4 Figure 2. Measuring electrical activity of the muscles in different angles of knee extension EMG raw signals were recorded by using a Noraxon Inc., Scottsdale, AZ, USA EMG system. Signals were amplified differentially (total gain= 1000; CMRR> 130db). A band-pass Butterworth filter with cut-off frequencies ranging from 15 to 500 HZ was applied. The transmitted signals were sampled at 1 khz, input to an analog-to digital circuit (Data translation Inc., Marlboro, MA.USA, 16- bit resolution) and were stored. All signals processing was supported by the Noraxon MyoResearch XP software. The activation signals of the VMO, VL and TFL were full-wave rectified through root mean square (RMS). Amplitude was analyzed by calculating IEMG in a window of 6 seconds and normalized by the mean value calculated within this time-window. Signals were also time normalized from 0-100% over these six seconds. The t-test for independent variables was used to compare the activation amplitude of the VL, the VMO, the TFL muscles and their ratios between patients and control group. Statistical analysis was performed with SPSS Version 17.0, and a value of 0.05 was accepted as reflecting significance. Results Significant differences were identified in the activation amplitude of the VMO at 30 and 45 angles between the subjects with and without PFPS (P= 0.05, P= 0.03, respectively), (Table 2). According to the t-test analysis, VMO electrical activity in the subjects with PFPS was significantly greater than that of the subjects without PFPS. However, no significant differences were demonstrated in the activation amplitude of the VMO at an angle of 15 between the two groups (P= 0.76). In addition, there were no significant differences in the activation amplitude of the VL at 15 (P= 0.61), 30 (P= 0.55) and 45 (P= 0.66) angles between the subjects with and without PFPS. Furthermore, no significant differences were found in the activation amplitude of the TFL at 15 (P= 0.25), 30 (P= 0.67) and 45 (P= 0.89) angles between the two groups. Table 2. The means and standard deviations of normalized VMO, VL and TFL IEMG value (%) for knee flexion angles in the subjects with and without PFPS 682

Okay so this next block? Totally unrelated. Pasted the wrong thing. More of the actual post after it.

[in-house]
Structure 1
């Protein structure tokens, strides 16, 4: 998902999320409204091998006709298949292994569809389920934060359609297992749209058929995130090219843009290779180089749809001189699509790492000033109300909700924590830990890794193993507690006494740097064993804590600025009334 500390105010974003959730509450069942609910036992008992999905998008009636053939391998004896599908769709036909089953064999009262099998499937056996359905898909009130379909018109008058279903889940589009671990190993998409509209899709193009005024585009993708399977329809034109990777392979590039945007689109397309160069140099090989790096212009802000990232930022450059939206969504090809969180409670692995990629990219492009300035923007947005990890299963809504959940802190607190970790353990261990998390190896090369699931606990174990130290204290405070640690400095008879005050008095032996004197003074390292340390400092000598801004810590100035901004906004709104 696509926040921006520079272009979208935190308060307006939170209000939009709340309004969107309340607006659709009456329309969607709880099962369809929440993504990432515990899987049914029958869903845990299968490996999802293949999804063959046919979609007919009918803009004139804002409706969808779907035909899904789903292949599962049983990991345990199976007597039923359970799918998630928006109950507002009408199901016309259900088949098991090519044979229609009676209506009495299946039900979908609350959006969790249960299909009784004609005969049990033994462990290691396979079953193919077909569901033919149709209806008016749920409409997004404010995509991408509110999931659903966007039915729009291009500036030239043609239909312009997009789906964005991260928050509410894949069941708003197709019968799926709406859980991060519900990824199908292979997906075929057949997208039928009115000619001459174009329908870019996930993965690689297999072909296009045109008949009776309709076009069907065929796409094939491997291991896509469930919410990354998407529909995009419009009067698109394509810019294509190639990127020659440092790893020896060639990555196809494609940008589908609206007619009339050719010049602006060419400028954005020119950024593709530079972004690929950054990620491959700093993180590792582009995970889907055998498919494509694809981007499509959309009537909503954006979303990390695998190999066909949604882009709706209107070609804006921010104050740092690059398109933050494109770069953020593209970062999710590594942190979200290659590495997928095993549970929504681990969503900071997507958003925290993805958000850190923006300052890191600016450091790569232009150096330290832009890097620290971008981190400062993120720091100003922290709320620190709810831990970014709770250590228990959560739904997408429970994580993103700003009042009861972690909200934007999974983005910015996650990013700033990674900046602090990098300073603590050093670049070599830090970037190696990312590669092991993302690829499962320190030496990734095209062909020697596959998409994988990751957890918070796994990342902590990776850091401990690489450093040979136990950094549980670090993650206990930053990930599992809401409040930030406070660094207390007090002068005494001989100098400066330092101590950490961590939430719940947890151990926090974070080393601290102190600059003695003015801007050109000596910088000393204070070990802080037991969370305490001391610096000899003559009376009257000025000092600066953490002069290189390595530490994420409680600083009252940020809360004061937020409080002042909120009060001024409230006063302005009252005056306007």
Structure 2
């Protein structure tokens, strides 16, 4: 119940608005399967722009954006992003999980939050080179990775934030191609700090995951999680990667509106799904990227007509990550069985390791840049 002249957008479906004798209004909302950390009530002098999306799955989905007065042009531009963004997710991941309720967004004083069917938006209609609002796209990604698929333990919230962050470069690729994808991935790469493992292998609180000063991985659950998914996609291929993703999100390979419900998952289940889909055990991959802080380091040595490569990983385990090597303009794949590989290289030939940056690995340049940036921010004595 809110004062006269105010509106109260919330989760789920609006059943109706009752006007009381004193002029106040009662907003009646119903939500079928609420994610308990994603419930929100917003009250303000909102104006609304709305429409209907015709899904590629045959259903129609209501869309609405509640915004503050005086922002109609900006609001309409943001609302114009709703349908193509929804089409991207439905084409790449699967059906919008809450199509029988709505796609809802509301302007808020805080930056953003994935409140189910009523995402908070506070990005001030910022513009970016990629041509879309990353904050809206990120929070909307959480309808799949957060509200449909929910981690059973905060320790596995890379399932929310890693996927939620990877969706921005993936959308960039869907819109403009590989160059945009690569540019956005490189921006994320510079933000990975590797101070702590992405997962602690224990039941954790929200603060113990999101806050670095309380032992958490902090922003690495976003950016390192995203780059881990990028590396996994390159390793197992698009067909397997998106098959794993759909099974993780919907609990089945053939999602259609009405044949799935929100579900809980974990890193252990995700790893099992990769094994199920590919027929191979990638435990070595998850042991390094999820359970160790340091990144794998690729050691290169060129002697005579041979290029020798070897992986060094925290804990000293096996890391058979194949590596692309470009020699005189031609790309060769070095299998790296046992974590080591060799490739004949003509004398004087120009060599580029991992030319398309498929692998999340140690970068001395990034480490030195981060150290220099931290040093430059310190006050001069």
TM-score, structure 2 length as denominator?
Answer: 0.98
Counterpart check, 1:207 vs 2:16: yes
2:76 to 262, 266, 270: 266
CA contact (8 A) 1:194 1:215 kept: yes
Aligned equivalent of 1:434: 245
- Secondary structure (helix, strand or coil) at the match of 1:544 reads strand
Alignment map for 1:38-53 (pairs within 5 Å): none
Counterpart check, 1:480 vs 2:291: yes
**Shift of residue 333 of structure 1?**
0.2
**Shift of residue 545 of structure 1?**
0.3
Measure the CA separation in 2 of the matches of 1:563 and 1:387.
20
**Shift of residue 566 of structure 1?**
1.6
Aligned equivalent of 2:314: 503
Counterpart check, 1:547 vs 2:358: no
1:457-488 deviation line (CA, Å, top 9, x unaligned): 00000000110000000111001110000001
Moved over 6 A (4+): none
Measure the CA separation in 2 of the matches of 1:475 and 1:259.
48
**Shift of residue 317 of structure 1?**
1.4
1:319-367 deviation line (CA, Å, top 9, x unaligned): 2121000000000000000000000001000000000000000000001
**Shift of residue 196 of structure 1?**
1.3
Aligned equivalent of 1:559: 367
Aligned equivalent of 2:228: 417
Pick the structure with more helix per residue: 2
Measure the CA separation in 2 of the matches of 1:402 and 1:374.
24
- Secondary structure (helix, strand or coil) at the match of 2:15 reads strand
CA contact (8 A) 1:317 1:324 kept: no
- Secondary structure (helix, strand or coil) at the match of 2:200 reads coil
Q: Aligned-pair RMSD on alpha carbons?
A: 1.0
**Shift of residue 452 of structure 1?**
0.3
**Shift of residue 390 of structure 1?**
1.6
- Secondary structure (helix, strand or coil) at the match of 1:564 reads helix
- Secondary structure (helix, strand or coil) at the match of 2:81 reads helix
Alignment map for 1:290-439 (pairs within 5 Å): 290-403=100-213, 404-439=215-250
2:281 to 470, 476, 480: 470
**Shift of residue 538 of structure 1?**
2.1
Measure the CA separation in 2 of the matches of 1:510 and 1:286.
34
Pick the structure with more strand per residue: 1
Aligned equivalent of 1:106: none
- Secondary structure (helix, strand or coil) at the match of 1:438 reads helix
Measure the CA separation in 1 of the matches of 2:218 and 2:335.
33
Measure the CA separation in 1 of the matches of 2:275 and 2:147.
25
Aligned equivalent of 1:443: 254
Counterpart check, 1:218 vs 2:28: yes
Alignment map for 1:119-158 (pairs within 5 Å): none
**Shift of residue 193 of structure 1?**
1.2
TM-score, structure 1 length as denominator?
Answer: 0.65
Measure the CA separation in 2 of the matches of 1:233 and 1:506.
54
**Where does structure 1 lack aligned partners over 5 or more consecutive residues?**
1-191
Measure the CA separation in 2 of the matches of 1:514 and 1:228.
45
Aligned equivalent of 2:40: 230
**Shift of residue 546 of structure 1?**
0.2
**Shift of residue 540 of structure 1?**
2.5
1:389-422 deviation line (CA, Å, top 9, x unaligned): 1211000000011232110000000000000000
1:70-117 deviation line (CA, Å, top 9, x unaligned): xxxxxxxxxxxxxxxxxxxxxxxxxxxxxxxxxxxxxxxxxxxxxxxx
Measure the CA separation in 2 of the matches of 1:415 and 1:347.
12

5 Group Muscle Knee Flexion Angle VMO 22.3 ± ± ± 7.3 Control VL 37.3± ± ± 8.9 TFL 32.5± ± ± 11.3 Patellofemoral pain VMO 34.6 ± ± ± 10.5 VL 41.3± ± ± 11.0 TFL 33.5± ± ± 8.0 There were no significant differences in the VMO: VL ratio across all knee flexion angles between the subjects with PFPS and the subjects without PFPS (P= 0.35, P= 0.09, P= 0.07, respectively from an angle of 15 to 45 ). Similarly, no significant differences were identified in the VMO: TFL ratio at all knee flexion angles between the patients and control group (P= 0.39, P= 0.06, P= 0.12, respectively from an angle of 15 to 45 ). We found a significant difference in the VMO: (TFL+ VL) ratio at 30 of knee flexion between the two groups (P= 0.02). This ratio at 30 of knee flexion for subjects with PFPS (0.46) was significantly greater than for the subjects without PFPS (0.31), (Table 3).There was no difference in this ratio at 15 (P= 0.90) and 45 (P= 0.06) of knee flexion between the two groups. Table 3. The VMO: VL, VMO: TFL and VMO: (TFL+Vl) ratios for knee flexion angles in the subjects with and without PFPS Group Ratios knee flexion angle VMO: VL 0.67± ± ± 0.08 Control VMO: TFL 0.79± ± ± 0.31 VMO: 0.34 ± ± ± 0.07 (TFL+VL) Patellofemoral VMO: VL 1.01± ± ± 0.12 pain VMO: TFL 1.48± ± ± 0.17 VMO: (TFL+VL) 0.48 ± ± ±